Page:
Art and Craft, A Film that Helps to Keep the Topic of Art Forgeries Relevant
The Documentary "Art and Craft"
Art and Craft is a new documentary out by Sam Cullman, Jennifer Grausman and Mark Becker that explores the convoluted world of Mark Landis, an infamous art forger. With post-production funded through a Kickstarter campaign that raised $65,845, the film is now showing in festivals around the world to rave reviews.
The film presents a very captivating look into the life of Mark Landis whose particular calling spans thirty years. With a drive to create for philanthropic reasons not monetary, which is why he has never been prosecuted, his masterful skills in copying masters such as Matisse, Picasso, Walt Disney, and Paul Signac have fooled multiple institutions who have accepted his donations across the United States. Besides the discussion the film brings up as to each museum’s responsibility for due diligence and Landis’ own despondent mental state, an interesting topic it presents is: should forged art still be considered authentic art?
Forged Art Today
After all, the new fad these days in the art world is to display forged art in the context of its counterfeit as it presents an educational opportunity and a fresh way to engage with viewers. Such an example is the landmark exhibition “Intent to Deceive: Fakes and Forgeries in the Art World” that opened at the Michele and Donald D’Amour Museum of Fine Arts in Springfield, Massachusetts this past January and is currently touring. Featuring famous forgers Han van Meegeren, Elmyr de Hory, Eric Hebborn, John Myatt and Mark Landis, it examines how they used artful methodology to fool the experts and the art world. Landis himself even received an exhibition, Faux Real in 2012 with his works marked “In the style of…” which one could argue is appropriate given that his name was listed as the artist instead of his usual illegal method. However one could also argue that displaying such items in a museum or gallery setting only encourages people to create them.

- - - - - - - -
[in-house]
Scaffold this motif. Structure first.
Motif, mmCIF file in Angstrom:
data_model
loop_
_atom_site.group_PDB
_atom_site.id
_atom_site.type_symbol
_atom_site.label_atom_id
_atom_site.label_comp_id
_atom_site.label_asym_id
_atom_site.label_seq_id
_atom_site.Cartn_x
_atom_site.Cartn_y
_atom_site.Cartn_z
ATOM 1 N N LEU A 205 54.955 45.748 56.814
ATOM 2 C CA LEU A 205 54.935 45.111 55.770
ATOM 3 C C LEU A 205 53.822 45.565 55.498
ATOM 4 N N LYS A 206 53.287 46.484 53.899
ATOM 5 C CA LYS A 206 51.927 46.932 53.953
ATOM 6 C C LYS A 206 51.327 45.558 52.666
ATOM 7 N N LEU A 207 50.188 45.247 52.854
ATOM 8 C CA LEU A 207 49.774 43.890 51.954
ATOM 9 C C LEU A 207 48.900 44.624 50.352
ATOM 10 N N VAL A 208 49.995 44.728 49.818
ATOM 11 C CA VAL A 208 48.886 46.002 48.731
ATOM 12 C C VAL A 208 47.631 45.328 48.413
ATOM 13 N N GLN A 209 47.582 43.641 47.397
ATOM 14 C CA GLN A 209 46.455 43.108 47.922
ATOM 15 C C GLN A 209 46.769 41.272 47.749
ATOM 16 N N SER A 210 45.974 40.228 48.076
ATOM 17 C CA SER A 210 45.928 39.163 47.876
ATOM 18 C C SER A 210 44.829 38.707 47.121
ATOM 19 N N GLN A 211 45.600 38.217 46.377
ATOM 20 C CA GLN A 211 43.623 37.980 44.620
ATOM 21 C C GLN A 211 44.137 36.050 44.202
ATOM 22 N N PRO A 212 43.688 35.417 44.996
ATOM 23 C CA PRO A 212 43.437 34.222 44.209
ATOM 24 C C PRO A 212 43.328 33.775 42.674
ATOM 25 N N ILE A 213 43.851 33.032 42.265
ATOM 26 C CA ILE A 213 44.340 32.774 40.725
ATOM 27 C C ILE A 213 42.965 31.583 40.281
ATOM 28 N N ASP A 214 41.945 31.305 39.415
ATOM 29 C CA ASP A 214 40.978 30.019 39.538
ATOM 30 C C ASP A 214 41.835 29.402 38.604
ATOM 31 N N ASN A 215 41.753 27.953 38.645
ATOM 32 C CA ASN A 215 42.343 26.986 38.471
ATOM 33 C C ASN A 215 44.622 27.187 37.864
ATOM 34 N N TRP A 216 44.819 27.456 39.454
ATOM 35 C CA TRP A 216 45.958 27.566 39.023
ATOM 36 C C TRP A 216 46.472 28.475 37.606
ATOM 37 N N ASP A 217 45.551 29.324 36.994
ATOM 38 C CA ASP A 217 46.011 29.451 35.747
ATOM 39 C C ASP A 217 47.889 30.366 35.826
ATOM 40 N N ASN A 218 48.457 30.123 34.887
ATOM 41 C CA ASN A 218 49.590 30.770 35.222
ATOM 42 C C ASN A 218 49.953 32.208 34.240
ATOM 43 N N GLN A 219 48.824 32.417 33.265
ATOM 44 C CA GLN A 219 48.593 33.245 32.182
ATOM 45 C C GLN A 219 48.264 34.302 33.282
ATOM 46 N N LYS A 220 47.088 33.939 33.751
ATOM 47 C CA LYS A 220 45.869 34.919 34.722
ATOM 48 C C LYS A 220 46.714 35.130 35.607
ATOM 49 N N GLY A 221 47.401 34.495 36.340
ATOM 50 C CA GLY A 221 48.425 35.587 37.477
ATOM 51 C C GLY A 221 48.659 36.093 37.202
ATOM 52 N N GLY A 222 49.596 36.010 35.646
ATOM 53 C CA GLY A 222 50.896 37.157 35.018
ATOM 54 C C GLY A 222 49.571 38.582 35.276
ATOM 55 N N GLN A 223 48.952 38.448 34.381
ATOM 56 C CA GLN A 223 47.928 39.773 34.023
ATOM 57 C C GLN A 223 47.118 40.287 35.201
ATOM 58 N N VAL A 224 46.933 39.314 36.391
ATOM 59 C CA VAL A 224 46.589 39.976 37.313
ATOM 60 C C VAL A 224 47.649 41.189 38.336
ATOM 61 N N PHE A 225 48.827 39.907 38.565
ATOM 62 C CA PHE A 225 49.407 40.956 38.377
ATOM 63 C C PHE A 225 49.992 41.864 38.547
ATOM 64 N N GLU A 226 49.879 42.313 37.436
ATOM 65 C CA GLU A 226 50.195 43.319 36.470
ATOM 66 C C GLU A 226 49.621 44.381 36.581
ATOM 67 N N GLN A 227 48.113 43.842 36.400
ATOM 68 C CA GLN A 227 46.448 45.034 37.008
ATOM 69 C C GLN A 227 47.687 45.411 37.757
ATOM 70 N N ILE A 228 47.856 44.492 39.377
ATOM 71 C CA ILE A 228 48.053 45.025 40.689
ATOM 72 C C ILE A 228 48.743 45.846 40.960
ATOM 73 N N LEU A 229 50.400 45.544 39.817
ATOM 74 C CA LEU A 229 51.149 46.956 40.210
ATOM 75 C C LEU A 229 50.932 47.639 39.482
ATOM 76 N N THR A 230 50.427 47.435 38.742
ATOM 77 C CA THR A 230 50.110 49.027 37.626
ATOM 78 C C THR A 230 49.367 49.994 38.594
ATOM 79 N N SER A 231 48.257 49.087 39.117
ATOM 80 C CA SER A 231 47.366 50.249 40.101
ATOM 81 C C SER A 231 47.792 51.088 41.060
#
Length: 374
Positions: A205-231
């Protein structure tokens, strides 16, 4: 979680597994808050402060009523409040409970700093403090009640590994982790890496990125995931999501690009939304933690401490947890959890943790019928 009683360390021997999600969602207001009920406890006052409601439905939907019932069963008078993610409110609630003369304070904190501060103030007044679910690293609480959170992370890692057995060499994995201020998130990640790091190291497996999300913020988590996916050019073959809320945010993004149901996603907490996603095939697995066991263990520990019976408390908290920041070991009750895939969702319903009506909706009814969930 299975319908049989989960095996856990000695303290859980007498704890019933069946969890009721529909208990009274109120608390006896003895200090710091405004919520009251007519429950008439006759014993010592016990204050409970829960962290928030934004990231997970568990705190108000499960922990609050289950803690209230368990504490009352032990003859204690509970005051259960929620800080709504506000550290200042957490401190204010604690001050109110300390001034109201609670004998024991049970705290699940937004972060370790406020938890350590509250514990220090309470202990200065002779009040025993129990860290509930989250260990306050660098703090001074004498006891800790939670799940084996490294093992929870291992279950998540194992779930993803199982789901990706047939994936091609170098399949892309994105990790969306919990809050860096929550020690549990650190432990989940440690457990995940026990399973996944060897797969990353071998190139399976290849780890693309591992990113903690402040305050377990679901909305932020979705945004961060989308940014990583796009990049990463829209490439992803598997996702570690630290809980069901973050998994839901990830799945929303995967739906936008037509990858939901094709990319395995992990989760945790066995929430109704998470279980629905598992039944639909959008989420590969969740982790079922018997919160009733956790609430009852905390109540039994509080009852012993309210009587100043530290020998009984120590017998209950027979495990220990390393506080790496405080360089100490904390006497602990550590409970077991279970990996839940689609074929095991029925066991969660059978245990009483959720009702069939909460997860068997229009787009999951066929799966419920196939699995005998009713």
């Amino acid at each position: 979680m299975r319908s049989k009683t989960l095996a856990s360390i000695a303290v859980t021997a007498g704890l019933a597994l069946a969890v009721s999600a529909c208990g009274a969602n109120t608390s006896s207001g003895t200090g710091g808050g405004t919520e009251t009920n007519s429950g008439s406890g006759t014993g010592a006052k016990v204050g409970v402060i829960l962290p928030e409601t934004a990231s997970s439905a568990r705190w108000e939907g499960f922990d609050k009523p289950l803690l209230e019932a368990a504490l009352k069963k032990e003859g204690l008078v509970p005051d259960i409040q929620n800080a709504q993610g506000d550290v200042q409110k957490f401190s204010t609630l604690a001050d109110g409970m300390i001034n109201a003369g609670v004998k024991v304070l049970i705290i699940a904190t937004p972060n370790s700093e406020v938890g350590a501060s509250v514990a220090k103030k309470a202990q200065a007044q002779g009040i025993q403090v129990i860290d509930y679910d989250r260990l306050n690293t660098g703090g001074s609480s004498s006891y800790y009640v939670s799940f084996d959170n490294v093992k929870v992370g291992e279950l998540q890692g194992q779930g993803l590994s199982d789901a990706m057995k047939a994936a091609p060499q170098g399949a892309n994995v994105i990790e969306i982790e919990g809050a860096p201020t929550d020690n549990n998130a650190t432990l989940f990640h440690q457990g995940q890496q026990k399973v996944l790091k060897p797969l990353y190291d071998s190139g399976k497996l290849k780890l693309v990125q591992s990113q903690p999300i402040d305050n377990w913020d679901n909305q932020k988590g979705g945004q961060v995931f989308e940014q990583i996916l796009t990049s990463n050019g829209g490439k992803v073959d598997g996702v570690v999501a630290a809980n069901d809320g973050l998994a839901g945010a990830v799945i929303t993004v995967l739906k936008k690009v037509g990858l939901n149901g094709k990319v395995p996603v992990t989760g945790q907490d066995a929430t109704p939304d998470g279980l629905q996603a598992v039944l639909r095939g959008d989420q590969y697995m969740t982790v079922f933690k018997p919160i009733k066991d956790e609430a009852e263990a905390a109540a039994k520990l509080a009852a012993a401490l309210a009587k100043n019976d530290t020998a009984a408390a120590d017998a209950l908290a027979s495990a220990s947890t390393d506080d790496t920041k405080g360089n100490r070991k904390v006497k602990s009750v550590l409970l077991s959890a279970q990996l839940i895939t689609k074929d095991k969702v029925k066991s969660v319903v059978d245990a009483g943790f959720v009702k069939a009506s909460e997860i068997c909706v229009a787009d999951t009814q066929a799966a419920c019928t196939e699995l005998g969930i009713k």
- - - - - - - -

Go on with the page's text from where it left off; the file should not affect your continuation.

At the same time, what is an artist to do when their works are not taken seriously but they have a gift? That is what drives most forgers, the rejection of their own art. There is a need to still create, so they create what they know people want. This sadly has consequences on the art world as artistic energies get put elsewhere instead of developing unique talent. The art world is a difficult one, with most artists only becoming famous after their deaths, so what is one to do? Well in Landis’ case become one of the best art forgers in the world, but the consequences on the authentic art, institutions, and market is disastrous.
Consequences of Forging Art
By inundating the market with forgeries, the market essentially dies because collectors will not purchase and the influx drives the price down making that particular artist worthless. For the art itself, having fakes of exact works means the authenticity of the original is in question if it is in a private collection or the location is unknown. For institutions in particular, purchasing forgeries and having them in the collection diminishes their reputation and impacts the collection negatively. Therefore forgeries do no good and cause a wide range of damage, but they exist and have to be dealt with which is why constantly bringing the issue to light, though touchy, is much needed. If we continually address the issue, discuss it and present it in educational manners then people will learn, be better informed, and open to dealing with it in new ways, which is what the art world needs.